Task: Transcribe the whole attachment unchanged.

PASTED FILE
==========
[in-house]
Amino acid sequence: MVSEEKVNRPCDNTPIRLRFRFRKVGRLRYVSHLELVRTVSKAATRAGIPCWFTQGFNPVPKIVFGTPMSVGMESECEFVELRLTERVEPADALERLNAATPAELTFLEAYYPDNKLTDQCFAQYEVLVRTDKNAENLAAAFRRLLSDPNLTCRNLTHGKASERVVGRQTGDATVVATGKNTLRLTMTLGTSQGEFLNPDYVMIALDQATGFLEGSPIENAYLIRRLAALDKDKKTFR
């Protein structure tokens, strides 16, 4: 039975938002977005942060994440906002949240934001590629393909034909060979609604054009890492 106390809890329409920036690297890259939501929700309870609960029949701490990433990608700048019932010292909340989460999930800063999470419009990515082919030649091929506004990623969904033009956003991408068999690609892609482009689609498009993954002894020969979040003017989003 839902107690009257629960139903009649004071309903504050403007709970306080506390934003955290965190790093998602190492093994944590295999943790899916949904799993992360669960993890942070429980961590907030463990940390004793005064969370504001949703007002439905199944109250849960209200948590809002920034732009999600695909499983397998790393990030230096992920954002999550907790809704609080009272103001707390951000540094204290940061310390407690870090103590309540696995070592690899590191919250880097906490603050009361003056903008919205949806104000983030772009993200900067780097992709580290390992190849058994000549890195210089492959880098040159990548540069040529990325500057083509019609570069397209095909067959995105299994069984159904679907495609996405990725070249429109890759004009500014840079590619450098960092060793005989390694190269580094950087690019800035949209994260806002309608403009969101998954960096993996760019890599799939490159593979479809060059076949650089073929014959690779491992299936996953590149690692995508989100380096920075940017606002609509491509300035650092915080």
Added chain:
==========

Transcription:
[in-house]
Amino acid sequence: MVSEEKVNRPCDNTPIRLRFRFRKVGRLRYVSHLELVRTVSKAATRAGIPCWFTQGFNPVPKIVFGTPMSVGMESECEFVELRLTERVEPADALERLNAATPAELTFLEAYYPDNKLTDQCFAQYEVLVRTDKNAENLAAAFRRLLSDPNLTCRNLTHGKASERVVGRQTGDATVVATGKNTLRLTMTLGTSQGEFLNPDYVMIALDQATGFLEGSPIENAYLIRRLAALDKDKKTFR
């Protein structure tokens, strides 16, 4: 039975938002977005942060994440906002949240934001590629393909034909060979609604054009890492 106390809890329409920036690297890259939501929700309870609960029949701490990433990608700048019932010292909340989460999930800063999470419009990515082919030649091929506004990623969904033009956003991408068999690609892609482009689609498009993954002894020969979040003017989003 839902107690009257629960139903009649004071309903504050403007709970306080506390934003955290965190790093998602190492093994944590295999943790899916949904799993992360669960993890942070429980961590907030463990940390004793005064969370504001949703007002439905199944109250849960209200948590809002920034732009999600695909499983397998790393990030230096992920954002999550907790809704609080009272103001707390951000540094204290940061310390407690870090103590309540696995070592690899590191919250880097906490603050009361003056903008919205949806104000983030772009993200900067780097992709580290390992190849058994000549890195210089492959880098040159990548540069040529990325500057083509019609570069397209095909067959995105299994069984159904679907495609996405990725070249429109890759004009500014840079590619450098960092060793005989390694190269580094950087690019800035949209994260806002309608403009969101998954960096993996760019890599799939490159593979479809060059076949650089073929014959690779491992299936996953590149690692995508989100380096920075940017606002609509491509300035650092915080």
Added chain: